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I see a line of ants, a long continuum of subtle disturbance, a columnar
ripple, each one carrying eggs to shift the nest because the bathroom
is bone dry and has not been used for months.

The ants vibrate sideways, a violin's string, as the bogeys of ant, ant,
ant shunt forward, grains of black rice on soft beats of music, a
finely knotted hair-thin thread that the Bengali poet once swore
to tie around his wrist the day his mother died. Some other Bengali poet
also spoke of writing her name on a thin blade of grass
when his mother died. The sentiment is
similar in both. Breathing heavy through holes in their legs,
the ants continue to lift the eggs, like Buddhist pilgrims
carrying grindstones around their necks. Or like an immigrant
with a child on his shoulder. The child holds a football, future embryonic,
to the Sun and smiles thinking about soft, green playgrounds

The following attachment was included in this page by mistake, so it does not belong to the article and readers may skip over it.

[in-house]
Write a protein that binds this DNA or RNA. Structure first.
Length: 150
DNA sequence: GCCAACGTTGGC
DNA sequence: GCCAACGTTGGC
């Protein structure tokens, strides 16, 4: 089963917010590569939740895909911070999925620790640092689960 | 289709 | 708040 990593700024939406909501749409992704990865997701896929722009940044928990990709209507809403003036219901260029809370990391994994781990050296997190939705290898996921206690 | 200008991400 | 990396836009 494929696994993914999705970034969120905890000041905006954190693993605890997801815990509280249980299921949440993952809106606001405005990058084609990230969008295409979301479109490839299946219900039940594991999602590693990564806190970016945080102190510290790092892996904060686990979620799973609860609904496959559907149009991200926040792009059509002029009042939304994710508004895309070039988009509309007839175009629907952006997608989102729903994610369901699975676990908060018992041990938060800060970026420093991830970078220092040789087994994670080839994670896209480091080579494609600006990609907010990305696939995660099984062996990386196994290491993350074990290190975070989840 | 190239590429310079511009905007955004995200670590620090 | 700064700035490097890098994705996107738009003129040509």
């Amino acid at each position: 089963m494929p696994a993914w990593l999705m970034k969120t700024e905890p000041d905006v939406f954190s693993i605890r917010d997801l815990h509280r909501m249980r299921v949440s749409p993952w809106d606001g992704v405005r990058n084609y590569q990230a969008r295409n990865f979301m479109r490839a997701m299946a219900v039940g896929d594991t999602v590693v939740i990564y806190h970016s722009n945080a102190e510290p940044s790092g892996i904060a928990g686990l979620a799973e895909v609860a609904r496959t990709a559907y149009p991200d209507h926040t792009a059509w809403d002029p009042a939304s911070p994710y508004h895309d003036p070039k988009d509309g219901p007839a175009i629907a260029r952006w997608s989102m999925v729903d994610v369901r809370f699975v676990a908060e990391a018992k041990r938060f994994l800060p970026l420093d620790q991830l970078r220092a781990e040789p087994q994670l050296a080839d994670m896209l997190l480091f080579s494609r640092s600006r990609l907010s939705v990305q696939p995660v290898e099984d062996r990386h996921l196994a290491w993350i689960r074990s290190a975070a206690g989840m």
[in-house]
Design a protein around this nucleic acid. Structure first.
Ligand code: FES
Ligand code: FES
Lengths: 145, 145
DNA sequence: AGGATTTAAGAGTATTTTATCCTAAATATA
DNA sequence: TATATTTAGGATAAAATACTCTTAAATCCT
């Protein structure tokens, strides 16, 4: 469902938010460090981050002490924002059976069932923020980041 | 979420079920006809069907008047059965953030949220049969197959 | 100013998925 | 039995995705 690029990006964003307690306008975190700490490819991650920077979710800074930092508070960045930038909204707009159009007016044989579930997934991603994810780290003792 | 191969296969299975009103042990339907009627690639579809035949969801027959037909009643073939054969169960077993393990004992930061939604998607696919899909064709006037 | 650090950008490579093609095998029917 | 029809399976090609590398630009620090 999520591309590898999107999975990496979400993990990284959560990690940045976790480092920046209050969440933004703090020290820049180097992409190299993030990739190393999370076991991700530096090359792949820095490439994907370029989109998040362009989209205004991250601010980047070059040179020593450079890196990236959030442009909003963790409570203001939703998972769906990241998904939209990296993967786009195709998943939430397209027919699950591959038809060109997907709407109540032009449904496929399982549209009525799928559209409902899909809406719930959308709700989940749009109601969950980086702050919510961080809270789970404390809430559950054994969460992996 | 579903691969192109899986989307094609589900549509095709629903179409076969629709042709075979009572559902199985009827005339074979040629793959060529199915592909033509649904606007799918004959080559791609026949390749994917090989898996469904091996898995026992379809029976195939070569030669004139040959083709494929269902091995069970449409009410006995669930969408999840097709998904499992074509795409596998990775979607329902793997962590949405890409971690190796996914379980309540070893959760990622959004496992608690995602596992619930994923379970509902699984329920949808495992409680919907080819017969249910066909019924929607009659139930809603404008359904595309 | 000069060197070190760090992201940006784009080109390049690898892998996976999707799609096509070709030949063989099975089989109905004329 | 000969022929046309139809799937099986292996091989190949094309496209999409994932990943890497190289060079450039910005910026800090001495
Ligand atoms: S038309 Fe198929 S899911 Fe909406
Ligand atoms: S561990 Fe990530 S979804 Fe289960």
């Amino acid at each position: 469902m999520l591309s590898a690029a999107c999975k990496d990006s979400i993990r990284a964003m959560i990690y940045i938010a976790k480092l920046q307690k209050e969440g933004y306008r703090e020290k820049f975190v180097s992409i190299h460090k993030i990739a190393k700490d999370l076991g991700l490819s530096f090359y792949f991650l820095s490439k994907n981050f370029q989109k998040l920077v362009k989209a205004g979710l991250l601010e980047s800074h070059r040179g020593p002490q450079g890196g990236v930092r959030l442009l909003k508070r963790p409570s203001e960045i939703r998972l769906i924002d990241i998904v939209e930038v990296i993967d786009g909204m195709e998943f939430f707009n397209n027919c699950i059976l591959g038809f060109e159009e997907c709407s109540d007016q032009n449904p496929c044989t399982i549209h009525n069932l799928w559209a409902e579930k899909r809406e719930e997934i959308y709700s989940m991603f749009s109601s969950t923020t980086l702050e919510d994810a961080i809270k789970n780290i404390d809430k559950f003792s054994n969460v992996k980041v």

in the new country, the exhausted planet of his old country abandoned
behind because the binary stars of Religion
and Politics have spent their fissile fuel. And the ants disappear into a hole in the wall,
beside the tap of water: The epitome of a twist of fate: The bloodline in the candled egg.



Somendra Singh Kharola is a graduate student studying evolutionary biology at the Indian Institute of Science Education and Research, Pune, India. His poems have been accepted by several journals and periodicals, the most recent being The Missing Slate.
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